At the GCF’s Board meeting in March, developed and developing country opinion appeared to coalesce around the importance of transparency – for the sake of legitimate and accountable decision-making, needs-driven, effective spending, and independent oversight. Three months on and some of the very same voices were either altered or silent. What happened?
Decisions taken in Songdo undercut the precedent set by other climate funds, rendering transparency delayed, cumbersome or costly. Legitimacy loses out to exclusivity, and the ‘world of ideas’ remains untapped. As we look to the next meeting in September, far greater assurances are needed that the fund will achieve its stated aim to, “operate in a transparent and accountable manner guided by efficiency and effectiveness.”
Thank you for all your considered comments. They show how strongly civil society feels about the GCF decision. Please keep them coming – we intend to send them to all the GCF Board Members on Monday morning (8 July). Thanks.
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I like Sharma’s piece. As a member of the Board, I must encourage you to keep up the struggle for more transparency (the transparency that has only one definition). I have no doubt that the webcasting will be fixed; we did have it in the TC meetings without a problem; the cost issue will be proven to be just a ploy.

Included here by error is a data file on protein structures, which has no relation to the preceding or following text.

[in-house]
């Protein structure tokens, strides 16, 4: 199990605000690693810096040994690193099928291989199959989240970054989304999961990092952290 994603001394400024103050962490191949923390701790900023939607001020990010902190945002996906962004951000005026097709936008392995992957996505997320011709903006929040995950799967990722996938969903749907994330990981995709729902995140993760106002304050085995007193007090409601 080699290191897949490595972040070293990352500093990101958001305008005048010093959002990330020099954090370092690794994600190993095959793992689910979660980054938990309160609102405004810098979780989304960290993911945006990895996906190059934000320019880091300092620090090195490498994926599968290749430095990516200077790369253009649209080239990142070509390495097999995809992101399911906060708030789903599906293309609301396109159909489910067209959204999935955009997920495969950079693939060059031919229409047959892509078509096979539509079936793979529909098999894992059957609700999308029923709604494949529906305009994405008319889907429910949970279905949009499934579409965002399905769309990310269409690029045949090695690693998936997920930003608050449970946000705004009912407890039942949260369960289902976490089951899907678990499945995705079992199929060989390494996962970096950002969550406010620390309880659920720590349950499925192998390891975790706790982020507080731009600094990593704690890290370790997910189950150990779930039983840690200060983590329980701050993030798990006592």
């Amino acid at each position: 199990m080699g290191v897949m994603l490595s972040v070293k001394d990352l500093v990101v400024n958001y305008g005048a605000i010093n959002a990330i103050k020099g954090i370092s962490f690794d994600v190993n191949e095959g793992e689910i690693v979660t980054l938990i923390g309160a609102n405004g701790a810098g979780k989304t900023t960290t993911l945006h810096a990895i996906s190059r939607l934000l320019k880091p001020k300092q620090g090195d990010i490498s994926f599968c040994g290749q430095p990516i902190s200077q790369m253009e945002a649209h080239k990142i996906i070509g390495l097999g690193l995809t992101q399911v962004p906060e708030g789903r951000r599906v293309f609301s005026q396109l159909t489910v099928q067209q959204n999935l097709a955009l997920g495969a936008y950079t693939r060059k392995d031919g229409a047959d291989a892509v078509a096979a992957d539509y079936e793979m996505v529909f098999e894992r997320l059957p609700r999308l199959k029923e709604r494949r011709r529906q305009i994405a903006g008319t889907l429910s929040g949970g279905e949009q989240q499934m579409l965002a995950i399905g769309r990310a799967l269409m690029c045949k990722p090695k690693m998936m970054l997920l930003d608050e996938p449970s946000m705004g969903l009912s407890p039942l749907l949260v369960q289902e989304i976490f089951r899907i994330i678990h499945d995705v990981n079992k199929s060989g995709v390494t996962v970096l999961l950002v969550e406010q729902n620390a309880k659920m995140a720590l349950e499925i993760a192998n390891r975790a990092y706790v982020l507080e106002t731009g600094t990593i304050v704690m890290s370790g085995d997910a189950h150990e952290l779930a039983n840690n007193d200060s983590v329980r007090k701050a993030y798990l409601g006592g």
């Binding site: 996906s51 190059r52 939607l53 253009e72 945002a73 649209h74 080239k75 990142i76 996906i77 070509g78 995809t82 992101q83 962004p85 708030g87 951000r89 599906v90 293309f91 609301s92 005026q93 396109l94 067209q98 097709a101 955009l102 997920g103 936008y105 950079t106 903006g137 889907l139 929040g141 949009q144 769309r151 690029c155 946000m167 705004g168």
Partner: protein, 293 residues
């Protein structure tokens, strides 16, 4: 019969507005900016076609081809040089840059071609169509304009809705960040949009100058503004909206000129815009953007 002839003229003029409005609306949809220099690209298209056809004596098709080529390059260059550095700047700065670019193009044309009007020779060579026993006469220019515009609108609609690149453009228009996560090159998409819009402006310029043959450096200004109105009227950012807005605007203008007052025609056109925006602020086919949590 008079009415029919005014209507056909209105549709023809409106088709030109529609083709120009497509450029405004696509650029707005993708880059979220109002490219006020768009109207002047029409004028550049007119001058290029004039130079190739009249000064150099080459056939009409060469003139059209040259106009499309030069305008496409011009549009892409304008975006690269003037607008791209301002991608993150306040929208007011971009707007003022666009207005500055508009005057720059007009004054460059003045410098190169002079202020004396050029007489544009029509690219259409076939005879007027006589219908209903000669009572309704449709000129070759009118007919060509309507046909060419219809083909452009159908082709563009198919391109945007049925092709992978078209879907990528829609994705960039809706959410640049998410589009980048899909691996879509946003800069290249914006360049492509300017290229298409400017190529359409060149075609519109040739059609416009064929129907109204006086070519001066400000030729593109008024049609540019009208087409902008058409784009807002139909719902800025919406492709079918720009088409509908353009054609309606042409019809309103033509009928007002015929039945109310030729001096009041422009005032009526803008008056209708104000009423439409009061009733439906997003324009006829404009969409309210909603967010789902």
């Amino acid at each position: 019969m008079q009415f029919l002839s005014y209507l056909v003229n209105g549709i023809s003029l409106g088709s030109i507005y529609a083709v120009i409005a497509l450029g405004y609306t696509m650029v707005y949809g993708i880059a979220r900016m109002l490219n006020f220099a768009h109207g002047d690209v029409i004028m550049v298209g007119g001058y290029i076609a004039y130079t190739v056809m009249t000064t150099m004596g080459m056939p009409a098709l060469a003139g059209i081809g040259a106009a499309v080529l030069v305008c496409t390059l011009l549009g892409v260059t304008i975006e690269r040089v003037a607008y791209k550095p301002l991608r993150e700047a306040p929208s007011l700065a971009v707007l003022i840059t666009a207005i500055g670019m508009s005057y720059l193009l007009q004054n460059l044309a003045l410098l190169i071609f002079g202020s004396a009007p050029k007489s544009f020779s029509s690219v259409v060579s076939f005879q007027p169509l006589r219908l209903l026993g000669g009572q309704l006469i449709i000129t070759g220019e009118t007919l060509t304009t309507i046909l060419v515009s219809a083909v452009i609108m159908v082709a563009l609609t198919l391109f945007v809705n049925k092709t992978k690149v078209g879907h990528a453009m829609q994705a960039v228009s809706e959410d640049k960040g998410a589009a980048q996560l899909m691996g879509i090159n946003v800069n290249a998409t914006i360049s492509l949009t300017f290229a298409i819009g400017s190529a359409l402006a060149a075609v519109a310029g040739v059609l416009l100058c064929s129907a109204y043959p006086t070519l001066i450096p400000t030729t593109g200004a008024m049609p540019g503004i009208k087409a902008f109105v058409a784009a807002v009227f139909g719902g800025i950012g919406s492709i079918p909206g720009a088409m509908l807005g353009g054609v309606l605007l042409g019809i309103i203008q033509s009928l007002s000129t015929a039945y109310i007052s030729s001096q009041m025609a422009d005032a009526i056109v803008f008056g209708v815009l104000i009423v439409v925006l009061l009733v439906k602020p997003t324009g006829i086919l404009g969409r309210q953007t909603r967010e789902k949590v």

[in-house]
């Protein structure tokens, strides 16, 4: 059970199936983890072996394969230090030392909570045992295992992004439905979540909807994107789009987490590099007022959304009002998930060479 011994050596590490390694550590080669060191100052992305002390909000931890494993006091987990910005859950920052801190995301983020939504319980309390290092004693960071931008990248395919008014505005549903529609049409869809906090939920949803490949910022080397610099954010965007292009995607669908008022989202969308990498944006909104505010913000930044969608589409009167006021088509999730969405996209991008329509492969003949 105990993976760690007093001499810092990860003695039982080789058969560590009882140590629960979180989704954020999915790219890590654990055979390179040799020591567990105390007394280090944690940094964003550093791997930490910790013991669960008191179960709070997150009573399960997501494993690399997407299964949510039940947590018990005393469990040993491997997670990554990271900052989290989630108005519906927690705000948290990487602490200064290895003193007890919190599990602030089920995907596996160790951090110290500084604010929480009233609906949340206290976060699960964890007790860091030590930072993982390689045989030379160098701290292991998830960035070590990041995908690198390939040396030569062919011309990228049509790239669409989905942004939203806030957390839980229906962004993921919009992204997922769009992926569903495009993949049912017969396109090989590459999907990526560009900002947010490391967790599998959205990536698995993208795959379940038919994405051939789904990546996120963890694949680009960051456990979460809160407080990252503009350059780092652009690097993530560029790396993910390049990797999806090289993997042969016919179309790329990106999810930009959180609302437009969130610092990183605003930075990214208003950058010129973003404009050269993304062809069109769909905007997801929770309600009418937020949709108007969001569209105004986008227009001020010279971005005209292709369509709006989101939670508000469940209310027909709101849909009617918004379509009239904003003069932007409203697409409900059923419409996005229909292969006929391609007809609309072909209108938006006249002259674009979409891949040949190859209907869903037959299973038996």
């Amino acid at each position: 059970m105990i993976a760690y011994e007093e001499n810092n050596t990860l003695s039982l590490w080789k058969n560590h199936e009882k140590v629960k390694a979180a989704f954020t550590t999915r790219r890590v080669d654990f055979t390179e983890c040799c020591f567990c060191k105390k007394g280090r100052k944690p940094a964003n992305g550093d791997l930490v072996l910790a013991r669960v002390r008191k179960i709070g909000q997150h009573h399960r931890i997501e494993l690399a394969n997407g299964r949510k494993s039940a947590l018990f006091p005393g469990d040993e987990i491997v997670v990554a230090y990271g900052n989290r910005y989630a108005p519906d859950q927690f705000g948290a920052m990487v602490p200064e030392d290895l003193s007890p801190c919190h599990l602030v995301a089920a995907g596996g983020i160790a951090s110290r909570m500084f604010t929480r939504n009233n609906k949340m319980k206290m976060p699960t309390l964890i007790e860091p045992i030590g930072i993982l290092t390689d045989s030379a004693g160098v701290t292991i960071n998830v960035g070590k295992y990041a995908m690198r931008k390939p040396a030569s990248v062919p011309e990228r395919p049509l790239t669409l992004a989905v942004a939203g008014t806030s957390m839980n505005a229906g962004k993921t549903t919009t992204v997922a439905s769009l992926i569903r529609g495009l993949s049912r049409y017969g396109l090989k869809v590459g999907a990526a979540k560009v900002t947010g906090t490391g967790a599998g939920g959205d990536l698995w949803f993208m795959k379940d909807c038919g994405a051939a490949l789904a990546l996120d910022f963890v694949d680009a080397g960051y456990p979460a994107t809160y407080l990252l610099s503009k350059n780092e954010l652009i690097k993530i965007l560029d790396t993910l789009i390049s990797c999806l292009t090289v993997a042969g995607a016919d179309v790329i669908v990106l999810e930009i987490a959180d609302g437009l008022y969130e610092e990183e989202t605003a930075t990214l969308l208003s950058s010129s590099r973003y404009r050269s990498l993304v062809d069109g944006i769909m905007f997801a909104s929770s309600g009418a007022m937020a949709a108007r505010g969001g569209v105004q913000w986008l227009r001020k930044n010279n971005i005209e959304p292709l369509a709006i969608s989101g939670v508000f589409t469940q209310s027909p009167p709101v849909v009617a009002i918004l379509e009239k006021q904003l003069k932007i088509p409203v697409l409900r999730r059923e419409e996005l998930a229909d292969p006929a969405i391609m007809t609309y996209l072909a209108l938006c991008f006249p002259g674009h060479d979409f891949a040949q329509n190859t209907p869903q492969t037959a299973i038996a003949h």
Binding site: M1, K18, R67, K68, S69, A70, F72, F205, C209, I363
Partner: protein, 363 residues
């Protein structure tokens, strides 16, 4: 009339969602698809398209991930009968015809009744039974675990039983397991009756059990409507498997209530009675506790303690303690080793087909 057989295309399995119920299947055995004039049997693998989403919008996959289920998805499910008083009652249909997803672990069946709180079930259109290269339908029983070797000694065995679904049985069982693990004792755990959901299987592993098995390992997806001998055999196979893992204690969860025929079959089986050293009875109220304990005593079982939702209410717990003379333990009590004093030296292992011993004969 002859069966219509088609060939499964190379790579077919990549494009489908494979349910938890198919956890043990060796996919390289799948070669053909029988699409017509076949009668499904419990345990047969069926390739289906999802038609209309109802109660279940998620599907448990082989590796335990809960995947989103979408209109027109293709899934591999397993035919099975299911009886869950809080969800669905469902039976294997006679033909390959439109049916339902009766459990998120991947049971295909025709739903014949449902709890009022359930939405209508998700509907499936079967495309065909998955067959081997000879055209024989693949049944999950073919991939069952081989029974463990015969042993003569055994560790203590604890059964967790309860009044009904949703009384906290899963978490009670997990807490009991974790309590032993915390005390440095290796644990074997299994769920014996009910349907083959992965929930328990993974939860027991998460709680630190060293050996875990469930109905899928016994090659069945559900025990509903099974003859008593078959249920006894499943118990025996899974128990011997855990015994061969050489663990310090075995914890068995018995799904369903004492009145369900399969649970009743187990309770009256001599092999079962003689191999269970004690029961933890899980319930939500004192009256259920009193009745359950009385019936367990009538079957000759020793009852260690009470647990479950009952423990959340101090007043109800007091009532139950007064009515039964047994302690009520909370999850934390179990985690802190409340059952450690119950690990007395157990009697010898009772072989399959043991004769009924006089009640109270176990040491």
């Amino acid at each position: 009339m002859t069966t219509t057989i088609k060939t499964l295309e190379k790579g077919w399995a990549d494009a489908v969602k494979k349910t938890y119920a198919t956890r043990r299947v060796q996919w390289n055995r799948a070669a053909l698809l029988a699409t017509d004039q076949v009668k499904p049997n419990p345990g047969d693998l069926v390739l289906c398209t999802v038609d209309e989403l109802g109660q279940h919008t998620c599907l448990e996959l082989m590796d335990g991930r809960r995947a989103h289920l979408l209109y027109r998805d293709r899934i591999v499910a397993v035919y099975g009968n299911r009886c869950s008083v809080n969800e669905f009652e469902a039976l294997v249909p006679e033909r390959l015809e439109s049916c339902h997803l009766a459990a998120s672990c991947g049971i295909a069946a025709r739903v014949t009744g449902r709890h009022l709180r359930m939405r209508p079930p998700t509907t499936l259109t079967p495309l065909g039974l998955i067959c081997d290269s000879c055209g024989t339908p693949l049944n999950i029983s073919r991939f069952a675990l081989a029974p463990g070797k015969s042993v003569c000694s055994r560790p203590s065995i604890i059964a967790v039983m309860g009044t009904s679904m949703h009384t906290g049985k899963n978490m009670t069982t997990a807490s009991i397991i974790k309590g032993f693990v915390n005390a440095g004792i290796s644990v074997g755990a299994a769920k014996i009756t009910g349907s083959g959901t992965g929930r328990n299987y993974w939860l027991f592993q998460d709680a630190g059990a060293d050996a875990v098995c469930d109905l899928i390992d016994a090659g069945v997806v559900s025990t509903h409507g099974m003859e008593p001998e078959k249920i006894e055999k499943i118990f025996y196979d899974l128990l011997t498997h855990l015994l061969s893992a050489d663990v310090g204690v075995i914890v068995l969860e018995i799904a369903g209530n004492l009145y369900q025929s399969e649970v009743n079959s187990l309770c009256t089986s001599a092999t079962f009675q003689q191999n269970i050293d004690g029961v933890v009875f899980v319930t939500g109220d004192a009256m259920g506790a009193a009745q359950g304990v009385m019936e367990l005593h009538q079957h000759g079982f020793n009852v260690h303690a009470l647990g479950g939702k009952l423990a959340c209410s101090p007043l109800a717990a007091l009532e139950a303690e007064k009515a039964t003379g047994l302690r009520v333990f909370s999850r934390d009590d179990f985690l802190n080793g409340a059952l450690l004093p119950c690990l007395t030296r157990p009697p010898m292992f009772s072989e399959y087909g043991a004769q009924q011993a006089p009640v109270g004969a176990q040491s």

I am hopeful that the Independent Secretariat will be neutral enough to take care of this issue in a most satisfactory manner. As for the active observers, the Rules of Procedure do not restrict their intervention on issues such as webcasting. Unfortunately, the agenda of the meeting was so full, and the Co Chairs needed to finish the meeting. I know that this is not an excuse for many, but the agenda was truly loaded and as you remember, many of the important documents did arrive too late to subject them to the needed scrutiny. You are our conscious, so stay awake!